Susie Steiner: Missing, Presumed

From the blurb: Over the airwaves come reports of a missing woman – door ajar, keys and phone left behind, a spatter of blood on the kitchen floor. Manon knows the first 72 hours are critical: you find her, or you look for a body. And as soon as she sees a picture of Edith Hind, a Cambridge post-graduate from a well-connected family, she knows this case will be big.

Is Edith alive or dead? Was her ‘complex love life’ at the heart of her disappearance, as a senior officer tells the increasingly hungry press? And when a body is found, is it the end or only the beginning?

When I first read the blurb of this book, I thought: ‘Not for me. Sounds far too similar to far too many recent releases, nothing special to attract me.’ How wrong I was! Luckily, I got intrigued enough by an exchange of tweets between Sarah Perry, Adele Geras and others to give the author a chance – and I am so glad I did.

It breaks all the rules of crime fiction with which agents and publishers hit us around the head. It does not start with a dead body, in the heart of the action. It has multiple viewpoints, not all of which take the story forward, but merely add nuances to it. It focuses on the characters and the private lives of the investigators more than on the plot. The plot ‘twist’ is not that surprising and the villains are not that hateful. And yet, and yet…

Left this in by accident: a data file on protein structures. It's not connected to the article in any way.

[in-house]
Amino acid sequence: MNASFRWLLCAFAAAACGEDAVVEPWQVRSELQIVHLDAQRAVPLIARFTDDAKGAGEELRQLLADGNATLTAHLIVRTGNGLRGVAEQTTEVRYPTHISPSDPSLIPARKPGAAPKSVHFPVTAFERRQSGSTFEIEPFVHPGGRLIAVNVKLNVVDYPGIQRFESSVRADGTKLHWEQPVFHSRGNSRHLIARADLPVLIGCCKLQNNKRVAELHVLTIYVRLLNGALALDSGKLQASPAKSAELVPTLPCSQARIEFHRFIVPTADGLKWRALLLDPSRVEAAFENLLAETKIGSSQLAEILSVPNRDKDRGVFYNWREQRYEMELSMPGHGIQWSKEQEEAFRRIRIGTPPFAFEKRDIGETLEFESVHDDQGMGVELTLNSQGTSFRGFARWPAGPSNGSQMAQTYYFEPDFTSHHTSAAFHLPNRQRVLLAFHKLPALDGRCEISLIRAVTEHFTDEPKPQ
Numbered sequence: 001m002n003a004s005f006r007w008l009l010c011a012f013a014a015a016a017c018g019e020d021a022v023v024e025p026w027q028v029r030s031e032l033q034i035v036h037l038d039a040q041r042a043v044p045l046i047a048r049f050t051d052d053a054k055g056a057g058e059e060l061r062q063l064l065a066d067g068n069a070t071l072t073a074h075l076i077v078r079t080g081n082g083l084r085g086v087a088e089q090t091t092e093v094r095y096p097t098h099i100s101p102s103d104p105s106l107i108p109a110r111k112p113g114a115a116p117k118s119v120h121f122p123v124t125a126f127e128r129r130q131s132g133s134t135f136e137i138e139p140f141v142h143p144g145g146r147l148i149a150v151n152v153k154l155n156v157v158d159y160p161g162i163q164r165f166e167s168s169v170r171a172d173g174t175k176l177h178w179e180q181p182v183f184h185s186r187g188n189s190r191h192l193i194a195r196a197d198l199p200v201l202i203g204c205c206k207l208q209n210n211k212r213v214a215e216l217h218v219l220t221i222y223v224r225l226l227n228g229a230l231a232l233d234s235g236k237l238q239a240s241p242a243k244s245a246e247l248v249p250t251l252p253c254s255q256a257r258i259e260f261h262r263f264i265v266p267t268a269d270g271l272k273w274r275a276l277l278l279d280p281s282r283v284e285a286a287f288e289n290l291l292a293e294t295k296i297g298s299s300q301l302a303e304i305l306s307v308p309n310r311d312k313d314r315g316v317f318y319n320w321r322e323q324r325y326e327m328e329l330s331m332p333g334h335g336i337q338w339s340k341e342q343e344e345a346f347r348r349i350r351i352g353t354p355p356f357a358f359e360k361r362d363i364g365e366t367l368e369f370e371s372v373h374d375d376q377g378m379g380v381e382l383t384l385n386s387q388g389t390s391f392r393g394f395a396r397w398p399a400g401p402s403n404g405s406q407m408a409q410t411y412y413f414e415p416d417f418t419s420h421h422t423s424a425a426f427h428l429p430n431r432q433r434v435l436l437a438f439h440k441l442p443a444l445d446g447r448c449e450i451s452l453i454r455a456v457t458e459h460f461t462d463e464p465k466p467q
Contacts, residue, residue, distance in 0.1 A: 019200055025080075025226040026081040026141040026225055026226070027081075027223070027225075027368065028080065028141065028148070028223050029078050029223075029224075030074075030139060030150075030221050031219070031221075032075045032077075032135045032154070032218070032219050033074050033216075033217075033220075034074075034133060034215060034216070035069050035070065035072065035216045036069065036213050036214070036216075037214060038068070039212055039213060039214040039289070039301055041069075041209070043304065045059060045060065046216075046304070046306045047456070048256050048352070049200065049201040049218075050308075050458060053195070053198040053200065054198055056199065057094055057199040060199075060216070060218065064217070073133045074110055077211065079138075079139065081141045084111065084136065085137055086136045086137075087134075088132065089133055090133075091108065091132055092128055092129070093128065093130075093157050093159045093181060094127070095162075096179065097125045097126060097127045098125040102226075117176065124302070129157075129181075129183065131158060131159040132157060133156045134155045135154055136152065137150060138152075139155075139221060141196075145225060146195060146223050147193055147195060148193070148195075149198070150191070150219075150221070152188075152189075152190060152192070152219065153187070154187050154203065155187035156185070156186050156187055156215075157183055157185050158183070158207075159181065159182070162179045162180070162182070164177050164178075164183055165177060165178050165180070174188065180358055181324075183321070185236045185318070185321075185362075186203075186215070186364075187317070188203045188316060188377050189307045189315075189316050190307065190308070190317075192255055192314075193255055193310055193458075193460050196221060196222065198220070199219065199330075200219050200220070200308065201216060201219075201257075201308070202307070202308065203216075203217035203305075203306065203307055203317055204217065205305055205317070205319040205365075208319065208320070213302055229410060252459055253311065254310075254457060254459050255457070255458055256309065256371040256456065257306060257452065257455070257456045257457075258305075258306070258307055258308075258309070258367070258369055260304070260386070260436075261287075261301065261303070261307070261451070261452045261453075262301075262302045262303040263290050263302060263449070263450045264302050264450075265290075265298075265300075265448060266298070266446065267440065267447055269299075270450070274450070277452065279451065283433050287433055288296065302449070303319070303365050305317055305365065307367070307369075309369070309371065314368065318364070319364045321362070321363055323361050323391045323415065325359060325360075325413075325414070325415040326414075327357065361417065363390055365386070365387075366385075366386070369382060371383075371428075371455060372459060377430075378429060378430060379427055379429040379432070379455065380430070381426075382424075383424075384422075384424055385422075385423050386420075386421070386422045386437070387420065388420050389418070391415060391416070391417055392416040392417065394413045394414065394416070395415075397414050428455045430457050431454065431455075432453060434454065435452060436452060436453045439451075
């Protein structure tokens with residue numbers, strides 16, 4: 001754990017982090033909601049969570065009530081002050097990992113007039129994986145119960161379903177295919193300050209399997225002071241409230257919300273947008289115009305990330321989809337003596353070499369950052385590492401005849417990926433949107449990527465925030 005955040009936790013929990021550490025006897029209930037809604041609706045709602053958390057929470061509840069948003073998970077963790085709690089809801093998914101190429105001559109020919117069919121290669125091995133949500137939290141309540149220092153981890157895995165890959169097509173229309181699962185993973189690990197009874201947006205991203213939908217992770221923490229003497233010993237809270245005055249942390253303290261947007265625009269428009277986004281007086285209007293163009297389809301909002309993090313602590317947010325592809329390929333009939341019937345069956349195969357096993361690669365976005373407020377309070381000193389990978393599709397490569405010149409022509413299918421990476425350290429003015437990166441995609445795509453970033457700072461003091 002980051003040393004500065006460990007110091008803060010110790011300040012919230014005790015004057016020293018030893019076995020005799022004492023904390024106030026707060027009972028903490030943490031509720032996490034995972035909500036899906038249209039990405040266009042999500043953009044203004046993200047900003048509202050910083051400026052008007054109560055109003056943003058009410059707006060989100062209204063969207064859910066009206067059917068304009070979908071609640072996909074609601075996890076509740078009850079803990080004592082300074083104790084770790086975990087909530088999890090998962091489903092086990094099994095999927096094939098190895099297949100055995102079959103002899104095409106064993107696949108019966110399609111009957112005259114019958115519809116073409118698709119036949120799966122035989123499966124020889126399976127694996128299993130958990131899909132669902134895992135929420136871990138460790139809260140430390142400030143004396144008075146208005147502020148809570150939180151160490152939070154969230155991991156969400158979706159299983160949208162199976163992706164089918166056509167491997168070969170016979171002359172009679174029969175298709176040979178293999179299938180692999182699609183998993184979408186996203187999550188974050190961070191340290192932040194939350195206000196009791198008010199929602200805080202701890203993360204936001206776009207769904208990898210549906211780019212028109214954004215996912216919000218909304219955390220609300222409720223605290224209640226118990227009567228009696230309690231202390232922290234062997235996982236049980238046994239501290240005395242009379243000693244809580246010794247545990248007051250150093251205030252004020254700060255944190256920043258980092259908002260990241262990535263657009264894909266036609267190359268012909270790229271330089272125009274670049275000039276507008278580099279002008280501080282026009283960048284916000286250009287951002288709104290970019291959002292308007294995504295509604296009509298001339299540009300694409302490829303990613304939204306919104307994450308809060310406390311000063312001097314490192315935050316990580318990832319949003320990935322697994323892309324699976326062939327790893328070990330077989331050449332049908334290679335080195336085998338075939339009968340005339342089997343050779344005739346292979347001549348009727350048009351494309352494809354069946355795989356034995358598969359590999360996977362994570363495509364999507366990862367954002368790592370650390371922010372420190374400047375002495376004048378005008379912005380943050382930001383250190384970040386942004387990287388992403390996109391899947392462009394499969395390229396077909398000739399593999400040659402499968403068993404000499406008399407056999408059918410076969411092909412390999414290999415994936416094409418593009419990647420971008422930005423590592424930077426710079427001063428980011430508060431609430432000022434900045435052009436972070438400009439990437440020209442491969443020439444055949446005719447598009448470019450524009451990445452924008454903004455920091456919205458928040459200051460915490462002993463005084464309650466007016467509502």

It is great fun to read: clever, humorous, sarcastic at times, sharply observant of human nature with all its foibles. It is Jane Austen writing crime thrillers – and not at all of the cosy sort. The main detective, Manon Bradshaw, is immediately relatable – not dysfunctional, not a drunk, not heavily traumatised, but just starting to feel the pangs of middle age and the fear of loneliness. Her dating mishaps are both sad but also hilariously cringe-worthy. And the author pokes fun at the pretentiousness of Cambridge students or London professionals with connections.

It’s an unusual police procedural, because it really takes its time to discuss department funding and interactions between team members, rather than rely on clichéed shortcuts. It felt more like the TV series Happy Valley or Scott and Bailey. Having given up on the book Tennison recently (although I loved Prime Suspect), because it had too many irrelevant details, I really connected with this one instead and stayed up all night to finish it. Not because it was full of ‘unguessable’ twists, but because it was so life-like, caring and well-written. I can’t wait to see what happens next with Manon and Fly and, luckily, I won’t have long to wait. The second book in the series Persons Unknown is due out in May 2017.